I drove to the waterfall at the end of the lake and but decided not to walk the trail, as it was getting overcast and cold. Besides, I’d hiked it on a previous visit. I headed back to Bohinjska Bistrica for my trout dinner, and was in heaven as I ate the fish marinated in fresh garlic and served with red pepper, zucchini, and potatoes. Today was solstice, and I’d managed to spend the entire day outside. What a great way to spend this auspicious day. It is the reason I travel. After my delicious meal, I headed up the mountains toward Soriška planina and found a meadow with fireflies. It couldn’t have been more magical. The tent pole seemed to hold. I hoped it continue to do so through what was supposed to be a stormy night. I was woken by flashes of lightening. It was exhilarating.

June 22. It rained all night and into the morning. I waited until the rain lessened before packing. There were lots of cars on the road as I continued to drive up the mountain, and I wondered why since this wasn’t a tourist area. Up and up I drove, then down. Then I found out what all the cars were about. There was a big mountain bike race underway. Just my luck. Traffic was practically at a stand still, so I stopped in a small town and took some photos of house frescos. I decided to drive back to Bohinjska Bistrica for bread and a latte at Gostilnica Štrudl. It was a rainy and cold 56. I headed down the moutain toward Bled and veered off toward Bohinjska Bela to have a walk around. I loved the quaint little village with idyllic mountain houses. I headed to the west side of Bled and parked away from the lake up a hill to avoid the 10 Euro parking fee. What did I say about frugality? I walked down to the lake and headed along a path toward the castle. A guy was holding a giant carp that he had just caught and planned to release. I had a nice conversation with a Colombian family who gave me ideas of places to visit in Bled. These moments of interaction are one of the things I most love about travel.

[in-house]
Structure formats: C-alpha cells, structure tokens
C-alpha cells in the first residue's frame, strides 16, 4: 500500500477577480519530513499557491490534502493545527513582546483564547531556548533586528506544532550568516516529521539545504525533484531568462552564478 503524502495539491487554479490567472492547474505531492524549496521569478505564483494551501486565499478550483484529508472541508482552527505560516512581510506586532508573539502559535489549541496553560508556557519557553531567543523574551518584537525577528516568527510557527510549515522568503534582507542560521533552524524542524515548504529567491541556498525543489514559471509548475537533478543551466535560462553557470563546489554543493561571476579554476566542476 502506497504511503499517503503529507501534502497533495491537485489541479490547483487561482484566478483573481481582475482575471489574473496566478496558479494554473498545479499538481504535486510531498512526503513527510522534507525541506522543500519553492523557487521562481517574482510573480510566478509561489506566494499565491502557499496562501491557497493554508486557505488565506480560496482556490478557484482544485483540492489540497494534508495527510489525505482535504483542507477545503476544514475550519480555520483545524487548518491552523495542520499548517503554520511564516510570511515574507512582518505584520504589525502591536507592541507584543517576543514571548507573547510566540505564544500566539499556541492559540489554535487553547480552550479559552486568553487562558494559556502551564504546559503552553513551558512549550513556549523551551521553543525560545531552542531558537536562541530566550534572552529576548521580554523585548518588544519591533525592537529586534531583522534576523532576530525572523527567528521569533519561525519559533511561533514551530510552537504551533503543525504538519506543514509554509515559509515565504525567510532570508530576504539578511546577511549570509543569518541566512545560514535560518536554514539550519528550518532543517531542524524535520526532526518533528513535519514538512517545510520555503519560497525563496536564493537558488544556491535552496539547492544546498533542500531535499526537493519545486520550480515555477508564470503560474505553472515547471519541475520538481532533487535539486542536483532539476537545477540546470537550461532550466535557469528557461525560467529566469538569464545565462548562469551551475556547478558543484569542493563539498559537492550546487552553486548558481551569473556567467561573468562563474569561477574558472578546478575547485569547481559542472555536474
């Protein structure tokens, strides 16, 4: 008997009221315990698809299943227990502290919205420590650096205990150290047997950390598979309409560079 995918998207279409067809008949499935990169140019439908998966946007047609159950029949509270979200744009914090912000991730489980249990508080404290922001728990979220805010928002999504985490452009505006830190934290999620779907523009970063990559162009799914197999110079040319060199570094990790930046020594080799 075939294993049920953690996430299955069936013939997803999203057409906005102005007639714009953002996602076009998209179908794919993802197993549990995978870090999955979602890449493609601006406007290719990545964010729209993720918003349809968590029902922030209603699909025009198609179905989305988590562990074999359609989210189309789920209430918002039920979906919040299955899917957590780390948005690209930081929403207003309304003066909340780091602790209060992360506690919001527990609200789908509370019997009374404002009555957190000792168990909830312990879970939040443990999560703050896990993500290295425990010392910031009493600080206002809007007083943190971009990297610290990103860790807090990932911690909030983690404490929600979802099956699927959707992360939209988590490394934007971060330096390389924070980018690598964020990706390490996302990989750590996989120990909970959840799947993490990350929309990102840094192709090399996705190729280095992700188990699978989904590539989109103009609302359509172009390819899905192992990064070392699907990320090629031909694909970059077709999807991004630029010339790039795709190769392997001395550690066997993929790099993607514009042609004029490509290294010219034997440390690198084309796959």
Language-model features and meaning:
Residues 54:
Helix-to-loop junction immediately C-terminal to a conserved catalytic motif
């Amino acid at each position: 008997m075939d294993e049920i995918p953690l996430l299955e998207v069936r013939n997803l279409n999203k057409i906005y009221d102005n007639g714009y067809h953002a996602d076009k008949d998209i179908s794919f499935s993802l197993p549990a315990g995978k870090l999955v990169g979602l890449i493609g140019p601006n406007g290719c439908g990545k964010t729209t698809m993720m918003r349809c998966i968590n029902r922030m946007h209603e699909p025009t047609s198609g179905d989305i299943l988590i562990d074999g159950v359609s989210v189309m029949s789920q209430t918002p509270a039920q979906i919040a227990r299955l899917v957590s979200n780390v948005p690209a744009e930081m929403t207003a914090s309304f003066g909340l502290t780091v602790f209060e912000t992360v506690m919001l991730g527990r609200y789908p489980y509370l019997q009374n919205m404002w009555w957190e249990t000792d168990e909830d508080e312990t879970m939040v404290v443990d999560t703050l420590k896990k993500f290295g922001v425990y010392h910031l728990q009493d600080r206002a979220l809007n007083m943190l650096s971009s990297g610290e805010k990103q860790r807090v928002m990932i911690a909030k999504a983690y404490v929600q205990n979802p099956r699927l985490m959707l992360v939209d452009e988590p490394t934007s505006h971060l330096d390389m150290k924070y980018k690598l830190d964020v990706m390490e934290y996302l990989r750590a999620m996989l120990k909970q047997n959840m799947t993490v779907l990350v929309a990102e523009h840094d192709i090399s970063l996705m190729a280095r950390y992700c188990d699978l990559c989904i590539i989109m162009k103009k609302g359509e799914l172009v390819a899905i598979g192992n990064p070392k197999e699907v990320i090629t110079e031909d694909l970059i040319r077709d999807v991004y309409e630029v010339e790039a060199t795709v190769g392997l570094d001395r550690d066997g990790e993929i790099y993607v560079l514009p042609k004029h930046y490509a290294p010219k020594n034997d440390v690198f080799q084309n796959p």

I headed back to the car and drove into old Bled. I found a great cafe with… homemade ice cream! I had three scoops of six flavors with whipped cream. Seemed more like six scoops. My pants don’t button now. After walking around for another hour, I headed down the hill to Radovljica, a lovely historical town filled with Gothic and Renaissance architecture. Part of the reason for the historical buildings was a fire that burned the town in 1835. This has been the case in many places. When it was built back, they chose to build it in a historical fashion. I went to the gingerbread museum in the basement of Gorenjske Lekarne, where you can observe gingerbread artists at work and taste freshly baked gingerbread cookies. The recipe is simple: mix spices, flour, and water and let them sit for three weeks, then bake them for 10 minutes and then let them sit in a hot room for 3 days.

From there I went to Čebelarski muzej, the beekeeping museum, that houses an amazing collection of bee-related items, an informative video about bees, and a live hive that you can view in action. There is a long history of Slovenians who developed ways to improve apiculture, including Anton Janus who found a way to harvest honey and wax without killing bees. There were also boards featuring folk art from the 1700s, particularly of animals processing with people. The city has a preserved moat and lovely city wall. I went to St. Peter’s church, an exceptional example of a gothic three-nave church. It is adorned by beautifully designed vaults, an angel star and a black marble altar.